I finally finished the rewrite of my most recent mystery story, The Body and the Bomb. It bloated a bit: up to almost 8,500 words, which makes me a little unhappy, but it’s better.
This was a bit of an experiment. I printed out the last draft, went through it with a pen -- then instead of opening up the original file, I typed it all back in. The theory here is that this is what writers used to have to do in the bad old days of typewriters and hand writing and clay tablets and oral tradition (that last one probably got ugly when you were really embarrassed about a draft). The results were mixed.
On the plus side, I had to give everything at least some attention. Having just finished a read-through, I had the whole thing in my head and I knew exactly where it was going. This was a great help in terms of deciding what clues had to go where, and which bits weren’t pointing in the right direction. I think that the result is a smoother piece of work. Also on the plus side was that I was more willing to junk large sections of text that I hadn't recopied yet. Heck, the laziness factor probably saved me a few hundred needless words. This was particularly true at the end: I had never been happy with the last two sections, and on retyping I just balked at doing all that work on something I thought was sub-par. This prompted me to produce what I consider a much better ending.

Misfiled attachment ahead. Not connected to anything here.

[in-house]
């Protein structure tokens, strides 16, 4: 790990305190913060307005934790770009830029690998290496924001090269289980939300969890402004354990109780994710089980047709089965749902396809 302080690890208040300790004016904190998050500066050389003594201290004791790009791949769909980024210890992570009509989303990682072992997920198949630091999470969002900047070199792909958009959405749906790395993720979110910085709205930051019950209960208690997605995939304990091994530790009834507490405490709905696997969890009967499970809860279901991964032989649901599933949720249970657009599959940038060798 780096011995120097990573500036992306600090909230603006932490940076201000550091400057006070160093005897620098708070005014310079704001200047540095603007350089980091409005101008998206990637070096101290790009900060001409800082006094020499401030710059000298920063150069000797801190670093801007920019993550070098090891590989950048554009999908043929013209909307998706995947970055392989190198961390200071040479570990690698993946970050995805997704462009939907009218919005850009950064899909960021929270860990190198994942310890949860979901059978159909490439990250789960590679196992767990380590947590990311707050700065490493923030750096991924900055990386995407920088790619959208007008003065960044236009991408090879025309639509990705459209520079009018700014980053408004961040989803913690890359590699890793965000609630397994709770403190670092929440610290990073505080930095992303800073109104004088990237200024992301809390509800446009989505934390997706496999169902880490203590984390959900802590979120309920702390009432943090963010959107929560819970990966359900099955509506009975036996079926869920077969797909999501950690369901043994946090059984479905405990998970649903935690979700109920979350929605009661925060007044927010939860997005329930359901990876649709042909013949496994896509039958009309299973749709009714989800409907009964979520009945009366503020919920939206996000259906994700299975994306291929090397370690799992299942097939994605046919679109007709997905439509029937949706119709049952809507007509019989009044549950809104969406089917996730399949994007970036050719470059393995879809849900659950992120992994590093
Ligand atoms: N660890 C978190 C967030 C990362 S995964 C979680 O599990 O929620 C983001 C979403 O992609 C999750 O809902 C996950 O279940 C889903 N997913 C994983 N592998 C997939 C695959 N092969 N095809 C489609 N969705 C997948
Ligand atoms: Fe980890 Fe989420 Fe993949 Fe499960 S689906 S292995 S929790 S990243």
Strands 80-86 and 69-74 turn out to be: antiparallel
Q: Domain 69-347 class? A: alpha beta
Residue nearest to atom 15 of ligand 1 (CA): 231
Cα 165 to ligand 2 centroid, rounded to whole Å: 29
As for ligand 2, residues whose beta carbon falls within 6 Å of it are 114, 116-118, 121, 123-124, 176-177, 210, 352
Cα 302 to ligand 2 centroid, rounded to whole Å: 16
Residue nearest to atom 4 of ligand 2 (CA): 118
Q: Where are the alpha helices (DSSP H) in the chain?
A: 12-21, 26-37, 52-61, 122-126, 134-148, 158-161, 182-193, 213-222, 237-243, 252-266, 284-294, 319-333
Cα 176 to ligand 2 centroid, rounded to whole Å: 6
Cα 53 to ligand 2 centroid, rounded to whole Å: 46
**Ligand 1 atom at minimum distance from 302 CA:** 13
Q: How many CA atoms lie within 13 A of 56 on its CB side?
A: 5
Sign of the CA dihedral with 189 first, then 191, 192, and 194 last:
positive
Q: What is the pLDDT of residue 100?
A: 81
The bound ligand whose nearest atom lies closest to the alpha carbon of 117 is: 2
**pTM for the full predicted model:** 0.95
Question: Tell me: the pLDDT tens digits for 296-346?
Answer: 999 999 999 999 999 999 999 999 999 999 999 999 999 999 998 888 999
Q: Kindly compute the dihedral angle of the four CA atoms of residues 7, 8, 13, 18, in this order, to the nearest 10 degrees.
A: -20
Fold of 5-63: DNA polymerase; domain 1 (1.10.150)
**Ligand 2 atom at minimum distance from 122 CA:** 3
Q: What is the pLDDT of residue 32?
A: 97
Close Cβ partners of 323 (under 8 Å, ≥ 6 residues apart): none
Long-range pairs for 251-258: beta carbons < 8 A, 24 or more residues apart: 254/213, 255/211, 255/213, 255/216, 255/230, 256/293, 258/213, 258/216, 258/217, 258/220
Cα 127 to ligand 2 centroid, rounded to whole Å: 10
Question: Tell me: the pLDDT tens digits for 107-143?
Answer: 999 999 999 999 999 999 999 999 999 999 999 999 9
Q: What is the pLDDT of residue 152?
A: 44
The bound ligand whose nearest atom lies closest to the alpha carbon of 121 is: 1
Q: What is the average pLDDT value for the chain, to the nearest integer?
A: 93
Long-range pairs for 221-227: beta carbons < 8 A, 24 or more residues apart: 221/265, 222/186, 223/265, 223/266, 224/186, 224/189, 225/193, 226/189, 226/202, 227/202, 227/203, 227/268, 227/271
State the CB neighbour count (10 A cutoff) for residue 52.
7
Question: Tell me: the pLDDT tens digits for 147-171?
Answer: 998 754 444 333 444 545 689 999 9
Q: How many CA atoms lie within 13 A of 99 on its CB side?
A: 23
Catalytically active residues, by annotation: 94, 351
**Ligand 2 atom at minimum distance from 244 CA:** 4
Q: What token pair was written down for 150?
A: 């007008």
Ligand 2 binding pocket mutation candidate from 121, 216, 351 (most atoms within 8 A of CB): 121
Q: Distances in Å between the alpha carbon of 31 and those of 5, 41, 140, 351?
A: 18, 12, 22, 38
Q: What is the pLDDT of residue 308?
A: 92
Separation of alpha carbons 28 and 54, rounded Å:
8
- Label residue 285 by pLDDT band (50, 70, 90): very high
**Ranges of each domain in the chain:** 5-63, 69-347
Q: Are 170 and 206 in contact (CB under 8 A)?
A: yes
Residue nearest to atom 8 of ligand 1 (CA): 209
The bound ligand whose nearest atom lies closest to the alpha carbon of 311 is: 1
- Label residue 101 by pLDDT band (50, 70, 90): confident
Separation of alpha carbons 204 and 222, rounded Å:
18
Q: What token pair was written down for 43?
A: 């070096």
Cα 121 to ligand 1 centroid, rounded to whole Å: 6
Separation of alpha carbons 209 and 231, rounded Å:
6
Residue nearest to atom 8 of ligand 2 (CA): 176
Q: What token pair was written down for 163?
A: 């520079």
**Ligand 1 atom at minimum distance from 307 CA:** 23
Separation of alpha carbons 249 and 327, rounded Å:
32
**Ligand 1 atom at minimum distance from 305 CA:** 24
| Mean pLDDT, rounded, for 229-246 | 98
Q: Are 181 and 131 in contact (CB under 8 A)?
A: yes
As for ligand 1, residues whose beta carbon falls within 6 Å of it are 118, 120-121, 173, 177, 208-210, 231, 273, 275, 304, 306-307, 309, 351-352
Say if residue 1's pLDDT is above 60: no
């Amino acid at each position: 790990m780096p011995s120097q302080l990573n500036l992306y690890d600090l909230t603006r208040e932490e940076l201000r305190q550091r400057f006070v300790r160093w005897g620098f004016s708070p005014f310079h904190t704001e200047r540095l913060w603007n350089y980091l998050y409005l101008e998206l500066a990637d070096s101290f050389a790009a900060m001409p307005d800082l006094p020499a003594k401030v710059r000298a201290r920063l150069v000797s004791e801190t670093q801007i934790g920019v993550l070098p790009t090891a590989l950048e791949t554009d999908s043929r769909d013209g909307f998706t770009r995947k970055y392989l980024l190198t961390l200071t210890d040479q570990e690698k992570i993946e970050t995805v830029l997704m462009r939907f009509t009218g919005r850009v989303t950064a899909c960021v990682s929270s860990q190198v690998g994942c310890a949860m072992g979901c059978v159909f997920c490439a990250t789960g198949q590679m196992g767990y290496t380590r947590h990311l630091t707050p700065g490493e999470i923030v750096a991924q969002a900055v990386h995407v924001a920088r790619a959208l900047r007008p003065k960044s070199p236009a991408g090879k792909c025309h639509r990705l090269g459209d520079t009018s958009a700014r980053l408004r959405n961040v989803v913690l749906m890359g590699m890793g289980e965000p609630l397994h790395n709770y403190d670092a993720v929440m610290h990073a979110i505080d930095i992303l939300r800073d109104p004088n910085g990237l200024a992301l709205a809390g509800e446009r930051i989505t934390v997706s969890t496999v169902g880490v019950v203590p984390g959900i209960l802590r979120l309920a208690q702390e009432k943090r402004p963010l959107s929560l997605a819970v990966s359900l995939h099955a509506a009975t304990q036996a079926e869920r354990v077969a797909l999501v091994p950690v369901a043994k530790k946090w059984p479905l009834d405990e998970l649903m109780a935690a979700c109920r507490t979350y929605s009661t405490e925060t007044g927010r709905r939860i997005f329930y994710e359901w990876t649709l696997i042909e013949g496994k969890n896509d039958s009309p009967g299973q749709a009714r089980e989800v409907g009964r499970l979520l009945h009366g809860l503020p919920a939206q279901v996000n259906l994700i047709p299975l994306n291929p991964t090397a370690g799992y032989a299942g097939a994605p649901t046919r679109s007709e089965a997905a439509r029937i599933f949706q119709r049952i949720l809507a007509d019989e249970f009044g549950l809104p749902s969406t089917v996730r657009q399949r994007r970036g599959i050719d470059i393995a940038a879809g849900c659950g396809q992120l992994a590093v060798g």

On the minus side, it was not nearly as helpful as I thought it would be in terms of making structural changes. Part of this was my failure to think ahead and put page breaks between sections, to see how things read in a different order. As a result, I focused far more on tactics rather than strategy, and had to go back through later to make the more sweeping high-level changes that the story needed. Also on the minus side was the fact that retyping was an opportunity to introduce new and interesting typos.
Bottom line for this experiment: It's a worthwhile thing to try, but only when I'm alread very happy with a draft, but when I expect to have the time and energy to go back through it again. I am not sure that this would work well for a much longer work, but I may try it.